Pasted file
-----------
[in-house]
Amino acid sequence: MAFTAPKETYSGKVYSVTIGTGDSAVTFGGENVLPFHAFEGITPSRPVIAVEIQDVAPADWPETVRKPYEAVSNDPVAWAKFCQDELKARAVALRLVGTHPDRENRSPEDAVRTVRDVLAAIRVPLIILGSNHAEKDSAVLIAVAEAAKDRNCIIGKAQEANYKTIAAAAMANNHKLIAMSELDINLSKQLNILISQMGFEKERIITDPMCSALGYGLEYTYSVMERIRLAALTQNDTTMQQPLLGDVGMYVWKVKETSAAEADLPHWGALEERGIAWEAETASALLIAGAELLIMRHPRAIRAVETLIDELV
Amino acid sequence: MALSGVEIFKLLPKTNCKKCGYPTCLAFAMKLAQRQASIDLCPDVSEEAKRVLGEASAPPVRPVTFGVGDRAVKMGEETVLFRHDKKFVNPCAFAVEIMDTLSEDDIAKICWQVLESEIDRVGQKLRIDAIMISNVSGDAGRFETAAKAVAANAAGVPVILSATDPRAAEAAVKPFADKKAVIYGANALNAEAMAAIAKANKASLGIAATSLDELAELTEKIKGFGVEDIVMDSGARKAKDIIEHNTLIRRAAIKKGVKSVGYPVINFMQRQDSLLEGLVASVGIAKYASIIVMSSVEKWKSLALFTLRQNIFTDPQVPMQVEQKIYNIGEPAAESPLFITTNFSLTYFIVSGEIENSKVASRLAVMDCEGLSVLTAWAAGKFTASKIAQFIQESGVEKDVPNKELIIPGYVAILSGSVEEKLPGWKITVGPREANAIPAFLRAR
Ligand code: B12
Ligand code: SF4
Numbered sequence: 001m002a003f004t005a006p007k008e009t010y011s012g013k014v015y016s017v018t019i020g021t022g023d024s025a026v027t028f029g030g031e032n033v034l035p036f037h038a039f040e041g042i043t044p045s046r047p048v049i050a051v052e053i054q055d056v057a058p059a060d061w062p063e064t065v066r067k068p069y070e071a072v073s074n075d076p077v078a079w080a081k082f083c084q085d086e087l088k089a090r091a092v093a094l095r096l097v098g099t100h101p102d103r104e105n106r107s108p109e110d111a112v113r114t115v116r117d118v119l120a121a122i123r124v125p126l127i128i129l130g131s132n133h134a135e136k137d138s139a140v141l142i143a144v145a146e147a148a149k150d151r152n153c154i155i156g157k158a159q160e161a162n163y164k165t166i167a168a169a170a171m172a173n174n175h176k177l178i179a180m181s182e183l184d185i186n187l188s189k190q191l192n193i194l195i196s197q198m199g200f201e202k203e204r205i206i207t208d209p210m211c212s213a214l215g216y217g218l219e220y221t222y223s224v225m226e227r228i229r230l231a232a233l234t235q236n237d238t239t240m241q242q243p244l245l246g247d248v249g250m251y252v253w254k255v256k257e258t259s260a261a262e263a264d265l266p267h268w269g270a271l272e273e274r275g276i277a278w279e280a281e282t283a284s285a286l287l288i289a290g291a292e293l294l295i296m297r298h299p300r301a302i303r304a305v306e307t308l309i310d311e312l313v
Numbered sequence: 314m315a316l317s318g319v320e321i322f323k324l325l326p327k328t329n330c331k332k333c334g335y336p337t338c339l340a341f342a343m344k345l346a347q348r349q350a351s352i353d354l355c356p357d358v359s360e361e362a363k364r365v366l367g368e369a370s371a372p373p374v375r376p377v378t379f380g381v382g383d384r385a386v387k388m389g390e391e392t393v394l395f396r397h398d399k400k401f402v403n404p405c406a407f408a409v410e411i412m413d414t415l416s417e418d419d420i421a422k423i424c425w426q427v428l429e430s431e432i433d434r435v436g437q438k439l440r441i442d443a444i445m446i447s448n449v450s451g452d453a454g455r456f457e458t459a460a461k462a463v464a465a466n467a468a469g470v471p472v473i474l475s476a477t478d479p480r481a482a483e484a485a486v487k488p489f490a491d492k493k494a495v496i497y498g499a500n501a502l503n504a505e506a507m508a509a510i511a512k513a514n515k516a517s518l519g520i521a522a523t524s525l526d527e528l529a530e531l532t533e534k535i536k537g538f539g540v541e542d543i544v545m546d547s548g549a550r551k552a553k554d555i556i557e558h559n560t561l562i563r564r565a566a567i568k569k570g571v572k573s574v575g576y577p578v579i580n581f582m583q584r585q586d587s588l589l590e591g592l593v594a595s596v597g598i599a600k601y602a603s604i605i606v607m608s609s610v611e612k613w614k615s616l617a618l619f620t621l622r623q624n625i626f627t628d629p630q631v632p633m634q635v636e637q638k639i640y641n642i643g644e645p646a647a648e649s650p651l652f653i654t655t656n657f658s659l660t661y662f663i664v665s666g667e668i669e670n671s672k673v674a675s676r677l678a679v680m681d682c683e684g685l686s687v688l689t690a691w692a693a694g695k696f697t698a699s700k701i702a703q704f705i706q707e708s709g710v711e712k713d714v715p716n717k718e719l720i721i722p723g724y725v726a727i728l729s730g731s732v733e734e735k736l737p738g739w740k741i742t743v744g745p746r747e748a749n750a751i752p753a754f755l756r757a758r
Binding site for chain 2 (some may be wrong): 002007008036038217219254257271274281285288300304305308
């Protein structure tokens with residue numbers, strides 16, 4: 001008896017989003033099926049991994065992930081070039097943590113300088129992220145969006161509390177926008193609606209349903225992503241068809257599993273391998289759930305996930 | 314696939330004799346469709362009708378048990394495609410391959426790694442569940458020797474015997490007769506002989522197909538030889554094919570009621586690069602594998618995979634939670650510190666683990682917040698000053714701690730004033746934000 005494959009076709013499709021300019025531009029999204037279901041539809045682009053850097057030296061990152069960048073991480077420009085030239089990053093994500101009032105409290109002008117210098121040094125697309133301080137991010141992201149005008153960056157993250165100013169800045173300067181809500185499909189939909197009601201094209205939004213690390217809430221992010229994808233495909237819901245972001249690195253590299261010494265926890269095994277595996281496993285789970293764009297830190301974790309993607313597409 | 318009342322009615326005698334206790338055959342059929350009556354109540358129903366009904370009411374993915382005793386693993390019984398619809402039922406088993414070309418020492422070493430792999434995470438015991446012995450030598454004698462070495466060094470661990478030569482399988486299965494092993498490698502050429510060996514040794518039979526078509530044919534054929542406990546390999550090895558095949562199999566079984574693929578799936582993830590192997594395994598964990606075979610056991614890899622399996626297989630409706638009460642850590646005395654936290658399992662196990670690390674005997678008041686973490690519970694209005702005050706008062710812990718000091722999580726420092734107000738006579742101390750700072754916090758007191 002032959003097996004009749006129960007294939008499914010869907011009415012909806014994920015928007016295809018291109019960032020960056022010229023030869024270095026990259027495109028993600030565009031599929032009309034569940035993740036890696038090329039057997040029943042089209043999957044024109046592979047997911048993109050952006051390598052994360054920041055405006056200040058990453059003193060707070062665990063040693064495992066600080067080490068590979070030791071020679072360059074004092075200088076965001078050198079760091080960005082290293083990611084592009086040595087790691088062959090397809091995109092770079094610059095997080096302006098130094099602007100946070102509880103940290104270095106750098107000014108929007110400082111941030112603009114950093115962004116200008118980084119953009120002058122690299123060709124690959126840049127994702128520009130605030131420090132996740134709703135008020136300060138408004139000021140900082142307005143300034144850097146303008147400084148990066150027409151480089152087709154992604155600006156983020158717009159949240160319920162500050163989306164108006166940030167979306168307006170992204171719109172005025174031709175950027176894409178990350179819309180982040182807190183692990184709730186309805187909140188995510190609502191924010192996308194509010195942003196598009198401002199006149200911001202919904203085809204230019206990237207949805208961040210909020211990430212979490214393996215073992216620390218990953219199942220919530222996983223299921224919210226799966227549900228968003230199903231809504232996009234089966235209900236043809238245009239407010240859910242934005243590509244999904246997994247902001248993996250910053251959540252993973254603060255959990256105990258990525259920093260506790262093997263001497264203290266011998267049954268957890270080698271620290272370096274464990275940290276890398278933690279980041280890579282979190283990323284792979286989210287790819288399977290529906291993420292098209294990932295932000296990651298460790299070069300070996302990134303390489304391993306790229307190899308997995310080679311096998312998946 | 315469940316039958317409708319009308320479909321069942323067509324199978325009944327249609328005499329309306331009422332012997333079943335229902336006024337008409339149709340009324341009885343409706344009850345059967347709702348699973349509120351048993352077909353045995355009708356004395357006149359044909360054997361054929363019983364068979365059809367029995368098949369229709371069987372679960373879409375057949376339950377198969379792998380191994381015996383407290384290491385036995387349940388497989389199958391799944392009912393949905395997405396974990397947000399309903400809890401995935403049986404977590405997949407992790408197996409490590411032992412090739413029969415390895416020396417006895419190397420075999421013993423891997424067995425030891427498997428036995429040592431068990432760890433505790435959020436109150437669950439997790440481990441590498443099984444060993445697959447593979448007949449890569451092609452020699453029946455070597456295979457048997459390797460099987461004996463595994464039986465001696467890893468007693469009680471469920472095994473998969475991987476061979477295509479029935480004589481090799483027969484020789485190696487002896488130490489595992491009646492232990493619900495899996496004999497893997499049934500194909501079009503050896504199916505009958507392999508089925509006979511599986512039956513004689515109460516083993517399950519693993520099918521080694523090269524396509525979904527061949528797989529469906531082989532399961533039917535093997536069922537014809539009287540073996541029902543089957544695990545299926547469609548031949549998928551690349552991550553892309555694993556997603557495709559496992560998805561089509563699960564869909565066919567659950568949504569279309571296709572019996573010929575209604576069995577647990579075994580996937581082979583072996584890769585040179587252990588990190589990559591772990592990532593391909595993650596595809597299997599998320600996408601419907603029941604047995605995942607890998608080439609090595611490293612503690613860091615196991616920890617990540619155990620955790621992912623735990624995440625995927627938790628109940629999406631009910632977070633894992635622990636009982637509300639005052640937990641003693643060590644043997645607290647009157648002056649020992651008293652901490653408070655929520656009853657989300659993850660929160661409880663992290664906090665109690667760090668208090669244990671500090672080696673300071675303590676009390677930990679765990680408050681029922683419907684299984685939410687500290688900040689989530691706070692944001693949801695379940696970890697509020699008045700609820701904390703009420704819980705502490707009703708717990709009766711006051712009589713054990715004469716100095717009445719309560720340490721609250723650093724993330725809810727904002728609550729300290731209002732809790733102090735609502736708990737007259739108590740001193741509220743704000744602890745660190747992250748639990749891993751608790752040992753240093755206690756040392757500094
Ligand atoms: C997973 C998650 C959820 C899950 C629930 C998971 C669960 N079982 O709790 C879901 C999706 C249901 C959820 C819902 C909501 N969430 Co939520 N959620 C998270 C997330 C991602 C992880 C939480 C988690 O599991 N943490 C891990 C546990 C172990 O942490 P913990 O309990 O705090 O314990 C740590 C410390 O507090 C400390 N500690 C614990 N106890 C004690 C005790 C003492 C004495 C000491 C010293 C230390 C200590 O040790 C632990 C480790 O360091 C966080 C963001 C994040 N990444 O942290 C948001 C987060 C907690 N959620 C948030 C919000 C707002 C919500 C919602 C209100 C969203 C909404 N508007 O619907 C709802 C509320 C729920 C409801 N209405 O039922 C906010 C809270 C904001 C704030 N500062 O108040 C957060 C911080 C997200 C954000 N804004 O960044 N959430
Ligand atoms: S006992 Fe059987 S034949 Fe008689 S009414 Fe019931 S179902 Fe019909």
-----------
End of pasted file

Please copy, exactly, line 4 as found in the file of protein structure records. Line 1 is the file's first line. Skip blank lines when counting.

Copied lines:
Ligand code: B12